Olympic track and field records are broken practically every Olympics. The following is output comparing the gold medal winning performance in the men’s long jump (in inches) versus the years 00 to 84. (In this data set, the year 00 represents 1900, and 84 represents 1984. This is a pre Y2K dataset.) There were \(n=19\) Olympic games in that period.

Fill in the blanks in the following summary and anova tables:

Summary:

Coefficients Estimate Std Error t-value \(Pr(>|t|)\) (Intercept) 283.45 4.28 < 2e-16 Year 0.613 0.0841 7.289 1.27e-06 Residual Standard Error = \(\;\;\;\;\;\;\;\;\;\;\) R-sq = \(\;\;\;\;\;\;\;\;\;\;\) Analysis of Variance:

Source df Sum Sq Mean Sq F-value Pr(>F) Year Residuals 95.19 Total 18 6673.2

Ott & Longnecker 11.45&47 - In the preliminary studies of a new drug, a pharmaceutical firm needs to obtain information on the relationship between the dose level and potency of the drug. In order to obtain this information, a total of 18 test tubes are inoculated with a virus culture and incubated for an appropriate period of time. Three test tubes are randomly assigned to each of 6 different dose levels. The 18 test tubes are then injected with the randomly assigned dose level of the drug. the measured response is the protective strength of the drug against the virus culture. Due to a problem with a few of the test tubes, only 2 responses were obtained for dose levels 4,8, and 16. The data are:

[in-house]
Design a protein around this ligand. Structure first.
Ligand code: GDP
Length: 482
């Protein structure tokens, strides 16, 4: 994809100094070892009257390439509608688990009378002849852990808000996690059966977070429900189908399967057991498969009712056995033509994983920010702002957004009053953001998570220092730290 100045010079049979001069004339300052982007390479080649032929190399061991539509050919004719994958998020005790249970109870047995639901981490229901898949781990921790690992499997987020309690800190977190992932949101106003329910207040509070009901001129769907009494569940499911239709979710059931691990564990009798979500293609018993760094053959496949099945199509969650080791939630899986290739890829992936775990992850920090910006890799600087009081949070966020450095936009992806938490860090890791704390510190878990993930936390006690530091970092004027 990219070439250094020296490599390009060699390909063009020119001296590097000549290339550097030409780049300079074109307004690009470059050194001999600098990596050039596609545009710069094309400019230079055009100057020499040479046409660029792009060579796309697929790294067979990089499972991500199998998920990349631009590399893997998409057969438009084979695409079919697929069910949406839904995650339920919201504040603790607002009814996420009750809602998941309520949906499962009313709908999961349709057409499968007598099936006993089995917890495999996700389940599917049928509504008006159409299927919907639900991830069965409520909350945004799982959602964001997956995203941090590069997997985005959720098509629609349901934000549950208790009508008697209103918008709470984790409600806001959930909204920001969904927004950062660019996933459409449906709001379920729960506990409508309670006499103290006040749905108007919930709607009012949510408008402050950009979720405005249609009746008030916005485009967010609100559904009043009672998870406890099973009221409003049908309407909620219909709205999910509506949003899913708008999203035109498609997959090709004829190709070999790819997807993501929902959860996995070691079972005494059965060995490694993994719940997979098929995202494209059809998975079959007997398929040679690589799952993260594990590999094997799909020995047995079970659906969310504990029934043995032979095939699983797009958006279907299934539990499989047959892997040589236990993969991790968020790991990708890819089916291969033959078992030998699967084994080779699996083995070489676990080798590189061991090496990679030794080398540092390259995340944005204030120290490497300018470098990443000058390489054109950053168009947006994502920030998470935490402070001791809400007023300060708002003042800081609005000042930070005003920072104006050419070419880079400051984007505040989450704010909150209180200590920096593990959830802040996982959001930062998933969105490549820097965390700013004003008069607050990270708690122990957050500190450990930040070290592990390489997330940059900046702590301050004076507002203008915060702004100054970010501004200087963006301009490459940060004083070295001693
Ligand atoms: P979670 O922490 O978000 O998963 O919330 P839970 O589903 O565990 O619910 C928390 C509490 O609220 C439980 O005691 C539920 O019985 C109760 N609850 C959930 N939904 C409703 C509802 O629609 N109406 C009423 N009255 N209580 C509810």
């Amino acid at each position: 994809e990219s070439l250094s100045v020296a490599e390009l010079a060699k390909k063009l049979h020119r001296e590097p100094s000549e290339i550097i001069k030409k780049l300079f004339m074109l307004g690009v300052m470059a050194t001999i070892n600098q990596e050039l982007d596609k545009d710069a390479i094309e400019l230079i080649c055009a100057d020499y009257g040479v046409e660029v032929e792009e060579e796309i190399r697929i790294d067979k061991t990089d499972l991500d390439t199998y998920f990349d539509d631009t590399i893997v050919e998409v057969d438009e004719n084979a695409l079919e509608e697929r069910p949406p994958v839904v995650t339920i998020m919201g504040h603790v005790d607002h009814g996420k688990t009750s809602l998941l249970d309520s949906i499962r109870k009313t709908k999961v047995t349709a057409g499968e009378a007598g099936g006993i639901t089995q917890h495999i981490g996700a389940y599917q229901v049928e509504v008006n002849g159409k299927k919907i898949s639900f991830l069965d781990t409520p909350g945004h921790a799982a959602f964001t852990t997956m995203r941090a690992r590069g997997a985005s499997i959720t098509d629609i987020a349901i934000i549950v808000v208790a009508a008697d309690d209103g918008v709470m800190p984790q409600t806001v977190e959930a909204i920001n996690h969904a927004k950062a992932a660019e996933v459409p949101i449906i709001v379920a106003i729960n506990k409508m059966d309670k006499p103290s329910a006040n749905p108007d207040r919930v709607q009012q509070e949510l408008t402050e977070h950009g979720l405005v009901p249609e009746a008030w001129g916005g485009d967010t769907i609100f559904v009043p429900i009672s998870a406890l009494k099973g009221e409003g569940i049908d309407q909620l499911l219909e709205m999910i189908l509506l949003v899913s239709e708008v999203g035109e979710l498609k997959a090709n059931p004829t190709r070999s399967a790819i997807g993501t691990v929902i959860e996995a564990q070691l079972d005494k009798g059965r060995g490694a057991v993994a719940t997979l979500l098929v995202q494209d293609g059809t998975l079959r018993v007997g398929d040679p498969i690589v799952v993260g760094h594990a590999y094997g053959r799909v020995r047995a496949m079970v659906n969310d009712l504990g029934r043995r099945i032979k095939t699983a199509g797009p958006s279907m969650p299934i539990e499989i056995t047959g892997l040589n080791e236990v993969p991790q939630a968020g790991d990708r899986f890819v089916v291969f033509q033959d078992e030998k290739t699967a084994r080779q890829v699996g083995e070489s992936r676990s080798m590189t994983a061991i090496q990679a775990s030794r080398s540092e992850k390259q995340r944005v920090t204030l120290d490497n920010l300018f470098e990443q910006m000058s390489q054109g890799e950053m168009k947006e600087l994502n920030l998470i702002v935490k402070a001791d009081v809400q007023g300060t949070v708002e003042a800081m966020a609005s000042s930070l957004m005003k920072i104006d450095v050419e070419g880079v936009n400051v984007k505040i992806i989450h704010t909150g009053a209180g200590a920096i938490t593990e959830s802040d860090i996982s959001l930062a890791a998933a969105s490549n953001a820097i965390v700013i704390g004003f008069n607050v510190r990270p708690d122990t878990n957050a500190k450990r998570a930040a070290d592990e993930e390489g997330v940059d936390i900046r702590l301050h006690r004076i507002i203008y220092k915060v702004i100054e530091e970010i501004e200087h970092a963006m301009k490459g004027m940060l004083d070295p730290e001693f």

Dose 2 2 2 4 4 8 8 16 16 16 32 32 64 64 64 Response 5 7 3 10 14 15 17 20 21 19 23 29 28 31 30 - We will first fit a regression model to the raw data.
- Plot the data and comment on the relationship between the covariate and response.
- Fit a linear regression model to these data using the lm() function.
- Examine the plot of the residuals vs fitted values. Does there appear to be a problem? Explain.

- Often in drug evaluations, a logarithmic transformation of the dose level will yield a linear relationship between the response variable and the independent variable. Let \(x_{i}=\log\left(dose_{i}\right)\) (where log is the natural log). Notice that because the constant variance assumption seems to be met, I don’t wish to transform \(y\).
- Plot the response of the drug vs the natural log of the dose levels. Does it appear that a linear model is appropriate?
- Fit the linear regression model to these data.
- From a plot of the residuals vs the fitted values, does the linear model seem appropriate?
- Examine the QQplot of the residuals vs the theoretical normal quantiles. Does the normality assumption appear to be violated? Also perform a Shapiro-Wilks test on the residuals to test of a statistically significant difference from normality. Comment on these results.
- What is change in the response variable for every one unit change in log(dose)?
- Give a \(95\%\) confidence interval for the y-intercept and slope parameters. Is the log(dose) level a statistically significant predictor of the response?

- We will first fit a regression model to the raw data.